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The two RV Gypsies in Willow Bunch,
Saskatchewan, Canada
Home of the Giant,  Edouard Beaupré
July 4, 2013

map of Saskatchewan showing location of Willow Bunchhome of the giant sign

Beaupré was the eldest of 20 children born to Gaspard and Florestine (born Piché) Beaupré in the newly-founded parish of Willow Bunch, Saskatchewan, Canada. Beaupré did not appear abnormally large at birth, and for the first three years of his life, his growth was relatively normal. His father measured 5' 8" and his mother 5' 4".

However, Edouard's growth rate then increased dramatically, so much so that by age nine he was six feet tall, and by the age of 17 his height was recorded at 7 feet 1 inch. In 1901, when he measured 7' 9", he apparently lifted a 900 pound weight and fractured a leg. After that he very prudently never lifted more than 900 pounds. In 1902, Edouard's height was measured at 8 feet 2.5 inches and he weighed over 400 pounds. His death certificate described him as being 8 feet 3 in tall and still growing.

He lived in Willow Bunch and attended school very irregularly. He had difficulty speaking English and trouble writing French.

Edouard had a dream of becoming a cowboy when he was growing up. When Beaupré was 15, he quit school to pursue his dreams of riding the open range. Unfortunately for him, this life, which he enjoyed while working with horses on a ranch in Montana, didn't last very long. His height and his weight would lead him away from the trade of his dream.

At the urging of others and to help support his family, he went on to tour the North American freak show circuit. Over the years he would be stared at by onlookers, wrestle strongmen, and perform feats of strength. His signature stunt was crouching underneath a horse and lifting it up to his shoulders. He would then go on to star in Barnum and Bailey Circus, even though life on the road was not easy for Beaupré. (To accommodate his size, hotel staff would line up trunks to support a second mattress to lengthen his bed.) He would spend the latter part of his short life performing in freak shows and circuses.

Many tried every second or third month to marry Edouard to the tallest woman in the world, Miss Ella Ewing, a giantess. She measured around 7' 6", but he was not at all interested.

In 1902 Beaupré was diagnosed with tuberculosis. By the time he reached the St. Louis World's Fair in 1904, his rapid growth and the disease had taken a heavy toll on him. He became ill and died at a local St. Louis hospital on July 3, 1904. Even at the time of his death at age 23, doctors determined that Beaupré was still growing.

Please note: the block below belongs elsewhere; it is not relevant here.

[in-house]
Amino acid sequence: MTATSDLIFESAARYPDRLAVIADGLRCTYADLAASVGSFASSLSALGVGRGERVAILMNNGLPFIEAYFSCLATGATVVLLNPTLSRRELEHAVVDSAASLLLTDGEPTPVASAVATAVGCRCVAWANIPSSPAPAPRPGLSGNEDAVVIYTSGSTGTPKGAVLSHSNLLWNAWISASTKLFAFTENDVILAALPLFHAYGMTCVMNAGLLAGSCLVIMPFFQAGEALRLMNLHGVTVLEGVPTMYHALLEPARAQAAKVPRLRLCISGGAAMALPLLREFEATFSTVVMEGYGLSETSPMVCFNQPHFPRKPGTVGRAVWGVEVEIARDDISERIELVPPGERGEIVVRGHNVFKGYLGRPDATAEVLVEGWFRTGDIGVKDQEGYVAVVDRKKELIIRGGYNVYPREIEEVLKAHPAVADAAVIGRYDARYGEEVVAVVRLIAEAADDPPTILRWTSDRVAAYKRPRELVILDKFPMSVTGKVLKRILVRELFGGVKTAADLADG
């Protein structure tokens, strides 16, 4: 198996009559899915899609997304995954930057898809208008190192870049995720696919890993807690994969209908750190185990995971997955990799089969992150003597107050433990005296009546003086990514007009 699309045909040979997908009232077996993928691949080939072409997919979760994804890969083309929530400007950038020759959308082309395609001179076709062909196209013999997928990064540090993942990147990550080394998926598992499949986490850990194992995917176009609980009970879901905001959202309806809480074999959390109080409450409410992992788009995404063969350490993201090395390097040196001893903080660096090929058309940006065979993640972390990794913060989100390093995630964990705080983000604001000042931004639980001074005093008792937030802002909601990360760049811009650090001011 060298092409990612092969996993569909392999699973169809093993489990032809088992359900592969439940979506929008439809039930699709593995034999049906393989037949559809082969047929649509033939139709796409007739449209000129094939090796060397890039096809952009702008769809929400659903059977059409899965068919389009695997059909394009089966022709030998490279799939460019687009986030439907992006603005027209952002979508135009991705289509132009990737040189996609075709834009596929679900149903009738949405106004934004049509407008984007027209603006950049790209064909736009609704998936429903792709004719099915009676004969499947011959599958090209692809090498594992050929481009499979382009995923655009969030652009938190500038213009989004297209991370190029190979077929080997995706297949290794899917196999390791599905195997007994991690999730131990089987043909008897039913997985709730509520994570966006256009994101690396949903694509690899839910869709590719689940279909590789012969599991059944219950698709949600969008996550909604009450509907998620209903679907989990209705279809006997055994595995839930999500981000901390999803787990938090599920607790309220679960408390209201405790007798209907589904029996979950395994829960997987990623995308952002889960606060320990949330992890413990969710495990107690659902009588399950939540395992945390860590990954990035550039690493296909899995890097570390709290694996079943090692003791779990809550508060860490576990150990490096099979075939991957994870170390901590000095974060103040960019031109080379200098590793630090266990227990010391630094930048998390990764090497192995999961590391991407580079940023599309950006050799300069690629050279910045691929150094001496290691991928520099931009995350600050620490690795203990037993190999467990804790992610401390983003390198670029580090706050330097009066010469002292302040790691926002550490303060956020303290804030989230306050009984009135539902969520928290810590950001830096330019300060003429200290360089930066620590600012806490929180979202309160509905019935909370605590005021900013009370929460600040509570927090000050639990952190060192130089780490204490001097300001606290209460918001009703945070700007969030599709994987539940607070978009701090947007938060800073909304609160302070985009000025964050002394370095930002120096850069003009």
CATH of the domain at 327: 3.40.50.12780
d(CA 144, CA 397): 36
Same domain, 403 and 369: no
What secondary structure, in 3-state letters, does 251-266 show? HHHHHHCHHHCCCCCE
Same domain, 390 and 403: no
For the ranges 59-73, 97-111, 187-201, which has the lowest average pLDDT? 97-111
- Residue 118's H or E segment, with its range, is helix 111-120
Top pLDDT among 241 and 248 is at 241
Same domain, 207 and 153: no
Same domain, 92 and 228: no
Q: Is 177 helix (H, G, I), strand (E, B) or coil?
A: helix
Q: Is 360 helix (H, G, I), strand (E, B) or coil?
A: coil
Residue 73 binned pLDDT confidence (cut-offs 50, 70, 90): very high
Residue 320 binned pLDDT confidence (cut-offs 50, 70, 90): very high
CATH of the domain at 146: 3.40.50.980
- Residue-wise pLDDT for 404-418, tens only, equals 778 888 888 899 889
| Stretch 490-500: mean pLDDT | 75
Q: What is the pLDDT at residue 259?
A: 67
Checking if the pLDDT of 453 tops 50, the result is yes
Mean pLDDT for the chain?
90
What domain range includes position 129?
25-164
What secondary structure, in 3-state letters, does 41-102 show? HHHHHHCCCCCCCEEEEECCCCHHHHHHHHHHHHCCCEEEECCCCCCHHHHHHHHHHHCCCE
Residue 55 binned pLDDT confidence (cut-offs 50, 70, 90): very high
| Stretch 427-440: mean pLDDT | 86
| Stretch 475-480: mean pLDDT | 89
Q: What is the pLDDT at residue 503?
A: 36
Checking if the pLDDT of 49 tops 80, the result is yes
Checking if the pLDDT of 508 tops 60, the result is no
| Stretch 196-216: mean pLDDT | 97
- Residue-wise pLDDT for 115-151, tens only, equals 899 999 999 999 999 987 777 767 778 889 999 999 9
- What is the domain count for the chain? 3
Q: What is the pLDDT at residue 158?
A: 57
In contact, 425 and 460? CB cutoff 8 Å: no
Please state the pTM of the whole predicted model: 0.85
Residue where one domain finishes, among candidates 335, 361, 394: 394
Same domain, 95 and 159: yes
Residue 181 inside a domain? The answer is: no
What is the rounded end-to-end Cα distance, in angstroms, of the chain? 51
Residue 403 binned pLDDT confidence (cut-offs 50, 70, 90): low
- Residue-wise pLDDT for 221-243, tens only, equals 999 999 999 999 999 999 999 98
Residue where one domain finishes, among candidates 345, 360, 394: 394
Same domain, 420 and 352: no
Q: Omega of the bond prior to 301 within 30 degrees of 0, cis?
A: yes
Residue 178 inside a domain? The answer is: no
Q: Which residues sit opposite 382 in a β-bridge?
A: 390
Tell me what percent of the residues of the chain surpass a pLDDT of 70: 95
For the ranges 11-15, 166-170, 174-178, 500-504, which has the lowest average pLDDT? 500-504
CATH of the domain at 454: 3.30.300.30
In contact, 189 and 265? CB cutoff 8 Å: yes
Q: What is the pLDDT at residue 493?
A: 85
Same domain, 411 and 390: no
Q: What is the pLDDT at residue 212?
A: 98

Gaspard Beaupré made a trip to St. Louis to retrieve his son's body. When he reached his destination, however, Gaspard turned back when he realized that he didn't have enough money to pay double fare to return home with the body.

The elder Beaupré believed his son's body was going to be buried in St. Louis or used for medical experiments, but that was not the case. When the circus refused to pay for the transportation costs back to Willow Bunch, Edouard Beaupré's body was embalmed and put on display. Around 1905, his body made its way to a museum in Montreal and then a circus. When the circus went bankrupt, the body was claimed by the Université de Montréal, whose scientists then discovered the cause of Beaupré's giant status — his pituitary gland had secreted an abnormal amount of growth hormone throughout his body. In 1975 Ovila Lespérance, Beaupré's nephew, discovered the whereabouts of his uncle's body. Lespérance's efforts to return Beaupré's body back to Willow Bunch were unsuccessful, as the university claimed it was still needed for research and refused to assist with the efforts to give Beaupré a proper burial. An agreement was finally reached in 1989. To ensure that Beaupré would not be publicly displayed or used for personal gain, his family insisted that his body be cremated. They kept his ashes in Montréal until July 1, 1990. On July 7, 1990, Edouard Beaupré received the memorial service and burial his family had dreamed of since the start of this century, in Willow Bunch. His ashes were buried in front of a life-sized statue dedicated to him at the Willow Bunch Museum. (see photos below)

After 85 years of being on public display, naked, and mummified, he is finally at peace.

It marks the end of a tragic story of exploitation that's left us all feeling relieved that he is finally laid to rest.
Quote From Wikipedia, the free encyclopedia

sign- Home of the Giant
sign for the Willow Bunch Museum

The two RV Gypsies each put a foot beside the footprint of the giant.

the giant's footprint in cement
the two RV Gypsies each put one of the feet beside the footprint of the giant

The sidewalk at the Willow Bunch Museum with the giant's footprints

sidewalk of footprints

Below: A life-sized statue dedicated to him at the Willow Bunch Museum, where his ashes are buried.

life size statue of the Giant
Karen Duquette by the giant's statue
Edouard's Memorial

The Willow Bunch Museum and Lee Duquette on the stairs looking at the garden and sidewalk with the giant's footprints.

The Willow Bunch Museum
Lee Duquette looking at the giant's footprints

A black pansy

a mural on a building in Willow Bunch

Menu for the two RV Gypsies Adventures
in Saskatchewan, Canada
July 3 - 4, 2013

You may visit these six (6) sites in any order you choose.

enter Canada via Manitoba

Moose Mountain


Castle Butte

Willow Bunch -
Home of the Giant

St. Victor's Petroglyphs

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go to the next adventure of the two RV GypsiesAFTER you have seen all six sections above,
please continue on to white water rafting and more in Montana